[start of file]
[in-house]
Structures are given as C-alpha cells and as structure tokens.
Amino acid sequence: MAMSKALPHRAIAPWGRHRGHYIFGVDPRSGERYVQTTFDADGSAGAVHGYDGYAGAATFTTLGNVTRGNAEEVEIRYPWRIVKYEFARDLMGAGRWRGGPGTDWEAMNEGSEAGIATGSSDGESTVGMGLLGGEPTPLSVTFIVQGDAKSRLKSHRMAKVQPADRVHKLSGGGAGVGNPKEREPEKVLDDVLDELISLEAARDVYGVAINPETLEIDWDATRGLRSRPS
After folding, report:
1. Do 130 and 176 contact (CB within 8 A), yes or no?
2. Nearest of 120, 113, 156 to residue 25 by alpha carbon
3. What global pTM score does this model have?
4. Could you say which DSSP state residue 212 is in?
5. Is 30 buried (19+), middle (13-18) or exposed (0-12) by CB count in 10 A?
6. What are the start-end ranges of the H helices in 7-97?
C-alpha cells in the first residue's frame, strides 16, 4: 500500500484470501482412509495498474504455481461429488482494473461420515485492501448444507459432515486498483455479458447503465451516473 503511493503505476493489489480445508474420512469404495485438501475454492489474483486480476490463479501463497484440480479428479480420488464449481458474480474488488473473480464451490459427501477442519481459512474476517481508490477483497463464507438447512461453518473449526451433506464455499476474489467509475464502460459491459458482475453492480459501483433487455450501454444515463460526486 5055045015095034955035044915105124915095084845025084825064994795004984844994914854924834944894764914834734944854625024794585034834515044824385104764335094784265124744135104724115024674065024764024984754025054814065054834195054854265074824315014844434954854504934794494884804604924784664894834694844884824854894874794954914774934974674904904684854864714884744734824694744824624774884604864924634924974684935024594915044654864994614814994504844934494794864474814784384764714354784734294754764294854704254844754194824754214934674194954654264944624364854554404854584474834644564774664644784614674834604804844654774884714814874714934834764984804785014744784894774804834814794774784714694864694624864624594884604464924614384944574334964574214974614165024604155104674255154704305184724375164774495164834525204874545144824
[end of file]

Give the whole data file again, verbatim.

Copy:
[in-house]
Structures are given as C-alpha cells and as structure tokens.
Amino acid sequence: MAMSKALPHRAIAPWGRHRGHYIFGVDPRSGERYVQTTFDADGSAGAVHGYDGYAGAATFTTLGNVTRGNAEEVEIRYPWRIVKYEFARDLMGAGRWRGGPGTDWEAMNEGSEAGIATGSSDGESTVGMGLLGGEPTPLSVTFIVQGDAKSRLKSHRMAKVQPADRVHKLSGGGAGVGNPKEREPEKVLDDVLDELISLEAARDVYGVAINPETLEIDWDATRGLRSRPS
After folding, report:
1. Do 130 and 176 contact (CB within 8 A), yes or no?
2. Nearest of 120, 113, 156 to residue 25 by alpha carbon
3. What global pTM score does this model have?
4. Could you say which DSSP state residue 212 is in?
5. Is 30 buried (19+), middle (13-18) or exposed (0-12) by CB count in 10 A?
6. What are the start-end ranges of the H helices in 7-97?
C-alpha cells in the first residue's frame, strides 16, 4: 500500500484470501482412509495498474504455481461429488482494473461420515485492501448444507459432515486498483455479458447503465451516473 503511493503505476493489489480445508474420512469404495485438501475454492489474483486480476490463479501463497484440480479428479480420488464449481458474480474488488473473480464451490459427501477442519481459512474476517481508490477483497463464507438447512461453518473449526451433506464455499476474489467509475464502460459491459458482475453492480459501483433487455450501454444515463460526486 5055045015095034955035044915105124915095084845025084825064994795004984844994914854924834944894764914834734944854625024794585034834515044824385104764335094784265124744135104724115024674065024764024984754025054814065054834195054854265074824315014844434954854504934794494884804604924784664894834694844884824854894874794954914774934974674904904684854864714884744734824694744824624774884604864924634924974684935024594915044654864994614814994504844934494794864474814784384764714354784734294754764294854704254844754194824754214934674194954654264944624364854554404854584474834644564774664644784614674834604804844654774884714814874714934834764984804785014744784894774804834814794774784714694864694624864624594884604464924614384944574334964574214974614165024604155104674255154704305184724375164774495164834525204874545144824